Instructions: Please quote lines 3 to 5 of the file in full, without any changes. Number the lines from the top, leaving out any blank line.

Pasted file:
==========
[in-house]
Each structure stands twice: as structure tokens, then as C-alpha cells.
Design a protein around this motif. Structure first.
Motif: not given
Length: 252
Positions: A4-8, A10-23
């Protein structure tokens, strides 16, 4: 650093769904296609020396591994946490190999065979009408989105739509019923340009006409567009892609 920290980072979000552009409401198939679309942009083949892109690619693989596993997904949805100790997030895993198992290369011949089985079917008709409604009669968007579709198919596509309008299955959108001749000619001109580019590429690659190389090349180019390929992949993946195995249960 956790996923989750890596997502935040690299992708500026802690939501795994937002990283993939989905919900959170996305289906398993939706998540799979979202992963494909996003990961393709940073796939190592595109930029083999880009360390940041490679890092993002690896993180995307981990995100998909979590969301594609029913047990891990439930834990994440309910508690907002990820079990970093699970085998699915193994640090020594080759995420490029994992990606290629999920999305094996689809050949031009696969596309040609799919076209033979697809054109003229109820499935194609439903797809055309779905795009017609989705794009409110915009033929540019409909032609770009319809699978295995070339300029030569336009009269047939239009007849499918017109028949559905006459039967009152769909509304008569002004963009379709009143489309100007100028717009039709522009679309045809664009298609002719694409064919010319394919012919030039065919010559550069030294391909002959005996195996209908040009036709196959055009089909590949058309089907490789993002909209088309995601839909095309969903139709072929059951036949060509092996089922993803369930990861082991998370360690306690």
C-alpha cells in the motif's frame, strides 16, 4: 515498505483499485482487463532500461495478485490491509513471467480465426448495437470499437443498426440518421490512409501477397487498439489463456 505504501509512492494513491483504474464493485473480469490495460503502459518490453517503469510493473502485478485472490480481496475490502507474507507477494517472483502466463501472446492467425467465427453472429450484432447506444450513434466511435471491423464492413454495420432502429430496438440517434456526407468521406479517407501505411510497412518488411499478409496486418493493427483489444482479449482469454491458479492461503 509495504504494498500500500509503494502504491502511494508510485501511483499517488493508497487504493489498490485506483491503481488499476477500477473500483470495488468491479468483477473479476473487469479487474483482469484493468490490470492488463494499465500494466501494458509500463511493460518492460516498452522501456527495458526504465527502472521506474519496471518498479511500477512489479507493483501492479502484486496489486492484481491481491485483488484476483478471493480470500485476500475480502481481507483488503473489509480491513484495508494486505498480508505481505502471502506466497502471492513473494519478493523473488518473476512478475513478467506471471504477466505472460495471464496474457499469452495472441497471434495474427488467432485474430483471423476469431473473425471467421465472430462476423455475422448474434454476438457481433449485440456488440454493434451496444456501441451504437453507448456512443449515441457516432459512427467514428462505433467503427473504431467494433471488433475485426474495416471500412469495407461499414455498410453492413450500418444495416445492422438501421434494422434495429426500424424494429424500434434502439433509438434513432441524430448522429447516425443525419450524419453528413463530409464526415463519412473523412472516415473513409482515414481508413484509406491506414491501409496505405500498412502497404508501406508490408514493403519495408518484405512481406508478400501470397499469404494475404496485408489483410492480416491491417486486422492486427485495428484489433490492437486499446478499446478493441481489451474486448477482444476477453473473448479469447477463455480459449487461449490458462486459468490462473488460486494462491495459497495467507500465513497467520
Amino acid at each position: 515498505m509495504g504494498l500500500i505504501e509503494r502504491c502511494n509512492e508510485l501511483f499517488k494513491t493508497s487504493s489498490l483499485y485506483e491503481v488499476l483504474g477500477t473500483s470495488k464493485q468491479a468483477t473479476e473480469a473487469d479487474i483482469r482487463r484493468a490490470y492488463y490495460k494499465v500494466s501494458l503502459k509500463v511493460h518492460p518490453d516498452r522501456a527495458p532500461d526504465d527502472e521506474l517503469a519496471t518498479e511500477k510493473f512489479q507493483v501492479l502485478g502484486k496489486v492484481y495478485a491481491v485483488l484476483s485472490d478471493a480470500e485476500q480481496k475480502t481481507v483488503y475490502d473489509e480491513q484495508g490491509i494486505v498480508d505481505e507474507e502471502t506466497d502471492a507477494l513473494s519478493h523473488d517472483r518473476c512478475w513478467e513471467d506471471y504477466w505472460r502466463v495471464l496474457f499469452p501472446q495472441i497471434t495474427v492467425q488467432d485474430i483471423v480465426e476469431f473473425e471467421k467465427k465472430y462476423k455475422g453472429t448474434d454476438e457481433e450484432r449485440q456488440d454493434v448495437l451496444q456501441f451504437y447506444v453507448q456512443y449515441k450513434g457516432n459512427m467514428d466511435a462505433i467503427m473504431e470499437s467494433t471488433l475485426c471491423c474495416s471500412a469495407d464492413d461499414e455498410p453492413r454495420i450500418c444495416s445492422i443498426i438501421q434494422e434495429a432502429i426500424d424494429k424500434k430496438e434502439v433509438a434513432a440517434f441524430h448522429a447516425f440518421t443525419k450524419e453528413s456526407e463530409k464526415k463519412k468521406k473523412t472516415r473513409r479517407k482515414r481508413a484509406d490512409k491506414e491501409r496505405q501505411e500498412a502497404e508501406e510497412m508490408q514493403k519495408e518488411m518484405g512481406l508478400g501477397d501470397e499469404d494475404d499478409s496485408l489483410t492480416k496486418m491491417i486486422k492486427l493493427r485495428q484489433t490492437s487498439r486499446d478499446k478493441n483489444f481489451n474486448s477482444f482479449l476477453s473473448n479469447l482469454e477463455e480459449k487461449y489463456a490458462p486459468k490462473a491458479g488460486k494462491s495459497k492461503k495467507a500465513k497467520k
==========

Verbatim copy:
Design a protein around this motif. Structure first.
Motif: not given
Length: 252